As businesses look towards another year filled with significant challenges and opportunities, putting in place a certified ISO management system could be one of the best ways to ensure your company continues to thrive. Frances Stones, Lead IMS Auditor at Mayer Environmental Ltd, with 20 years experience as a 3rd party certification auditor, tells us more.
Management systems help ensure your business is effective, efficient and protected from potential risks. While it is possible to operate a management system without following International Organization for Standardization (ISO) standards, a certified ISO management system provides confidence to customers and other stakeholders that your company is meeting and has been audited against externally recognised benchmarks.
Following the last recession, statistics were released, which showed companies using an externally-certified ISO 9001 quality management system were more likely to survive an economic downturn. In a report from 2015, commissioned by BSI, The Centre for Economic Business Research calculated that the UK’s world-leading standards regime actually boosted sales of UK products and services, averaging 3.2% of annual exports or £6.2 billion each year.
Over the last 10 years, the ISO management systems have been ‘refreshed’ to reflect a risk-based approach and to consider the ‘context’ of your organisation. This requires a greater understanding of the needs of your stakeholders (interested parties) and your wider business risks, threats, strengths and opportunities. This is sustainability in its broader meaning – supporting the continued success of your business through increased resilience and constant evolution.
Another benefit of the ISO management systems is that they encourage a process of continual improvement. It is a thread that runs through all of the ISO standards via the Plan-Do-Check-Act (PDCA) cycle.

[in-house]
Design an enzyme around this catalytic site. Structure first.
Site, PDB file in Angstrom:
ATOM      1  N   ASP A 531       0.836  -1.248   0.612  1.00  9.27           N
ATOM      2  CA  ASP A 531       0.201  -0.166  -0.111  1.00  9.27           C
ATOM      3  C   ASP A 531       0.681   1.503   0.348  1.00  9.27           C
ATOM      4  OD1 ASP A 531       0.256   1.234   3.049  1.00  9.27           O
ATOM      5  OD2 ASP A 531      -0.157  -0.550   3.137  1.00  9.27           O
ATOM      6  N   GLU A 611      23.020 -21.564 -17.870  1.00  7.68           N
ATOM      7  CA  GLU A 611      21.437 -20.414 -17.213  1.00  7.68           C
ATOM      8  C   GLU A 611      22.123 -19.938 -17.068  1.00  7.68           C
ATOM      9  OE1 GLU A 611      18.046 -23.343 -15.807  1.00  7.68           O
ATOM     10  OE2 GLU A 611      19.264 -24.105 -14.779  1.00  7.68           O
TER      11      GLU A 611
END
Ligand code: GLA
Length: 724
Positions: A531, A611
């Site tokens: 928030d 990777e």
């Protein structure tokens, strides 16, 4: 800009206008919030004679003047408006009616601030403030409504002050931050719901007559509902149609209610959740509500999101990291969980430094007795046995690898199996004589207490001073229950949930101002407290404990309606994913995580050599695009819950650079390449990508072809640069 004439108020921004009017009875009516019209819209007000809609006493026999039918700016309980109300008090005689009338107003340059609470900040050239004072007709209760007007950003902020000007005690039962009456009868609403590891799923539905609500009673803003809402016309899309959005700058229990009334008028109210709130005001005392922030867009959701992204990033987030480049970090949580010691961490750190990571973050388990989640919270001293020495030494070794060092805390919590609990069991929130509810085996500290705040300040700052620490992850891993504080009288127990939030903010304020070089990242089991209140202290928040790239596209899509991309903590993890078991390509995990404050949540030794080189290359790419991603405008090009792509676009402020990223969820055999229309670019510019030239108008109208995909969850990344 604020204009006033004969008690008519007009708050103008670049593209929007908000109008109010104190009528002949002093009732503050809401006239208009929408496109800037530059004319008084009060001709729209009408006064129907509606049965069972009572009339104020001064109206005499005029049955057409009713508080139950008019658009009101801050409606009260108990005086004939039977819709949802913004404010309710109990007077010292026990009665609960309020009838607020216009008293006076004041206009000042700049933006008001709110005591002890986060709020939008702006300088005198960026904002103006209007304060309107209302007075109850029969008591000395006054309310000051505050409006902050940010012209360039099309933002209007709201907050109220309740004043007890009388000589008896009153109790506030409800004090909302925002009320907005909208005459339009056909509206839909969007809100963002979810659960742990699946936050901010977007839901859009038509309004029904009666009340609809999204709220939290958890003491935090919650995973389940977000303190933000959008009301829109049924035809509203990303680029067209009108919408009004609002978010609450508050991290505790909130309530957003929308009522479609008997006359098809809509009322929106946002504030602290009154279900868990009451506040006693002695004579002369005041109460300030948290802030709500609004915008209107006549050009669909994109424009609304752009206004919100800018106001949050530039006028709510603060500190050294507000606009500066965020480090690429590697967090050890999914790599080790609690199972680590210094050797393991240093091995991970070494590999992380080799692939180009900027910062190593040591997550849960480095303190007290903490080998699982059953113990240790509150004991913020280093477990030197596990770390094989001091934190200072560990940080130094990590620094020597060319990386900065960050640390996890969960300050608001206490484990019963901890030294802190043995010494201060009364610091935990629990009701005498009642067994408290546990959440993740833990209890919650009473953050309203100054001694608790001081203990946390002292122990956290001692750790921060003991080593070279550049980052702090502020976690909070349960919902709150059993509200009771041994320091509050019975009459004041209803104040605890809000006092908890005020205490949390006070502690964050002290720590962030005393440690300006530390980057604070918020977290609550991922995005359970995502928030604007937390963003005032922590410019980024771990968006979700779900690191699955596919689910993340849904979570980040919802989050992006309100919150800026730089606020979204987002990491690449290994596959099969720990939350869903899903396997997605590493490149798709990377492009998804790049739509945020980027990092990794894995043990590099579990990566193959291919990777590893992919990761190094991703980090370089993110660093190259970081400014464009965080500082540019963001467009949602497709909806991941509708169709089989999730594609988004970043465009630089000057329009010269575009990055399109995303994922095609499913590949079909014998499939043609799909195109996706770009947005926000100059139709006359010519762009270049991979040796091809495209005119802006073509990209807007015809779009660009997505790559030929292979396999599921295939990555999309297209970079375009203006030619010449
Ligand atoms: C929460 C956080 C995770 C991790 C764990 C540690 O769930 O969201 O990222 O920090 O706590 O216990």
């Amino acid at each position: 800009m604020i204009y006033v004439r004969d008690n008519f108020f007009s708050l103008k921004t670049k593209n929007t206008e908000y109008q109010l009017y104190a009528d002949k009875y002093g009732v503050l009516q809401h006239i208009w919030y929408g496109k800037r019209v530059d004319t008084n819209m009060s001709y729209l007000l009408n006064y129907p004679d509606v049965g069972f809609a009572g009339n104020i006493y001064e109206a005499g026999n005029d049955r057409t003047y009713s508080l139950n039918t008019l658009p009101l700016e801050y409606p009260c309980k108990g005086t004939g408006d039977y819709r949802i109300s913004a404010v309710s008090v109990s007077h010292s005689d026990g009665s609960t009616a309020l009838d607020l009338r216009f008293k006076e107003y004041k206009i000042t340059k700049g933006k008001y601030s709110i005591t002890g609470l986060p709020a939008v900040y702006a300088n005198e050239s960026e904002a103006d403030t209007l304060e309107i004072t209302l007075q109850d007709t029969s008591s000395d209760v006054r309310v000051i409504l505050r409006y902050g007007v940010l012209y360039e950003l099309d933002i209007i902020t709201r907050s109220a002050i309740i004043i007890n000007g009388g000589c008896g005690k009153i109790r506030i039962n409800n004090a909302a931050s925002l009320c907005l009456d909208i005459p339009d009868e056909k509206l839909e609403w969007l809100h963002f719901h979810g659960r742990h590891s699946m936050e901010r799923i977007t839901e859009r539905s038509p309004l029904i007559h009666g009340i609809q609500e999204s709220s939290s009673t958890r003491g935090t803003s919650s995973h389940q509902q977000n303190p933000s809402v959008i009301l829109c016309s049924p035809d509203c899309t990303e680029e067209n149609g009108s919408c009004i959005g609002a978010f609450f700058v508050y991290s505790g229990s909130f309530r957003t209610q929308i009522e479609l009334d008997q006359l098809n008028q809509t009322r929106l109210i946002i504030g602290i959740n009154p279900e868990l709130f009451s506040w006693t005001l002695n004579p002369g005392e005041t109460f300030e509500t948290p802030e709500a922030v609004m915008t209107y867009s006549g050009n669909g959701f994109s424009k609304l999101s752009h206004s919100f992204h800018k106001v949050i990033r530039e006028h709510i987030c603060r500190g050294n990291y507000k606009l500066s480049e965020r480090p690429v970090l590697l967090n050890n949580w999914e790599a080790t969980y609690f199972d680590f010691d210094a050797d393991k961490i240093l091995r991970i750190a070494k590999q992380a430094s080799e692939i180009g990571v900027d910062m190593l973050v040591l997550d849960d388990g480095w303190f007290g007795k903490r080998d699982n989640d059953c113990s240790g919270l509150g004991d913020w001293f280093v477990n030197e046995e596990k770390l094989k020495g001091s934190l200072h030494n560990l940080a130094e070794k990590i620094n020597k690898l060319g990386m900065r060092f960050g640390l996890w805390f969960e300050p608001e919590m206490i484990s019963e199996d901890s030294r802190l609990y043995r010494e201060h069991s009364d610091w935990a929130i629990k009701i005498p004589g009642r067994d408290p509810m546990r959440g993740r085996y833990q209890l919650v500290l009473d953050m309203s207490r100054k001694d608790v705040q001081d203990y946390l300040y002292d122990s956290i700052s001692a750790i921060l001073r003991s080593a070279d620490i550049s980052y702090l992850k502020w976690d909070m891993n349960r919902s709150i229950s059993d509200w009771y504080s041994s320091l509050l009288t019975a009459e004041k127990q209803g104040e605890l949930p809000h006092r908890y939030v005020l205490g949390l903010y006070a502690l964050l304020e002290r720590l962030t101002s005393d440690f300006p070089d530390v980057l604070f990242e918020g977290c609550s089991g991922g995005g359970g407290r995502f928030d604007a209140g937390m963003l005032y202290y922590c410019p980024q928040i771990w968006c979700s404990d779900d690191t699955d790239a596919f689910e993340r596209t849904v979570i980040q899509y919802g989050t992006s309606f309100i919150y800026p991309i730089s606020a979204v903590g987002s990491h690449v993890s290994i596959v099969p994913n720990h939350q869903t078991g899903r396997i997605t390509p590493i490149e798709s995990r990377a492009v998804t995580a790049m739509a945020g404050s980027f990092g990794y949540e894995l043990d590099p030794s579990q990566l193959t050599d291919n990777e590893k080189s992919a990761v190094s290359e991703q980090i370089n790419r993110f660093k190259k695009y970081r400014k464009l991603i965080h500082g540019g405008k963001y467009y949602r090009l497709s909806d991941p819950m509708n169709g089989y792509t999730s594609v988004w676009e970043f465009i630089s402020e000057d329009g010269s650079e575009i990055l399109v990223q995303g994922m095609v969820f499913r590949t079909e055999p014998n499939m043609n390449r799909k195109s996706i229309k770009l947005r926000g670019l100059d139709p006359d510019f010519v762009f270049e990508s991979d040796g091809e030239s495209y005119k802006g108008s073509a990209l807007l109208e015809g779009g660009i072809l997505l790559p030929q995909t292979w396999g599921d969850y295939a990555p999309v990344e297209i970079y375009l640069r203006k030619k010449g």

By planning, doing, checking your effectiveness and then acting on any strengths or weaknesses highlighted, firms who follow ISO standards can make tangible improvements to their operations. This can then inform your future planning, and the PDCA cycle begins again. The old adage is true, “if you’re not moving forward, you’re moving backwards.”
Although the ISO framework covers a vast range of areas, these are the most common ISO standards:
- Quality Management (ISO 9001:2015)
This helps an organisation to maintain the consistency and quality of their products or services. It aims to enhance customer satisfaction by meeting the requirements and expectations of customers and any statutory or regulatory requirements.
- Environmental Management (ISO 14001:2015)
This standard focuses on the prevention of pollution and being compliant with the growing number of regulations driving protection of the environment. For most permitted organisations there will be a legal requirement to have an environmental management system, such as ISO 14001:2015, in place.
- Occupational Health and Safety (ISO 45001:2018 / ISO 45001:2023)
Based on a previous British Standard (OHSAS 18001), this management system centres around the protection of employees and other workers – keeping everyone safe whilst at work. It also focuses on longer term health risks, such as potential hearing loss, respiratory illnesses and includes mental health, wellbeing and welfare.
- Energy Management (ISO 50001:2018)
The UK’s Energy Savings Opportunity Scheme (ESOS) requires organisations to conduct an ESOS Assessment by June this year, but ISO 50001:2018 certification is an alternative way to remain compliant. Organisations of all kinds face rising energy costs, and there are direct financial savings to be gained from having this energy-focussed management system in place.
- Information Security, Cybersecurity and Privacy Protection (ISO 27001:2022)
This recently-updated ISO management system tackles the growing risks associated with cybersecurity, holding large amounts of customer data and even the physical security of a business’s operations. Those companies already operating under the previous version have until October 2025 to meet the requirements of the new standard.
Knowing where to start can be daunting, and many organisations find it beneficial to use independent consultants to support their company through the process of implementing or updating their ISO management systems. However, you should try to avoid the pitfalls of an ‘off the shelf’ or ‘one size fits all’ approach. An effective ISO management system will be bespoke to you – designed to suit your unique operations and business requirements. In addition, consideration should be given to integrating the requirements of different ISO standards into one integrated management system (IMS) to maximise efficiency and minimise duplication.
ISO management systems can play a vital role in the long-term health of your organisation, and as you look ahead to another busy year, why not make 2024 the one in which you implement an ISO management system and unlock these benefits for your business?
About the Author:
Frances Stones BSc, LLM, CEnv, MIEMA, IEMA Registered Principal Auditor, ESOS Lead Assessor, Sub-contract 3rd Party Auditor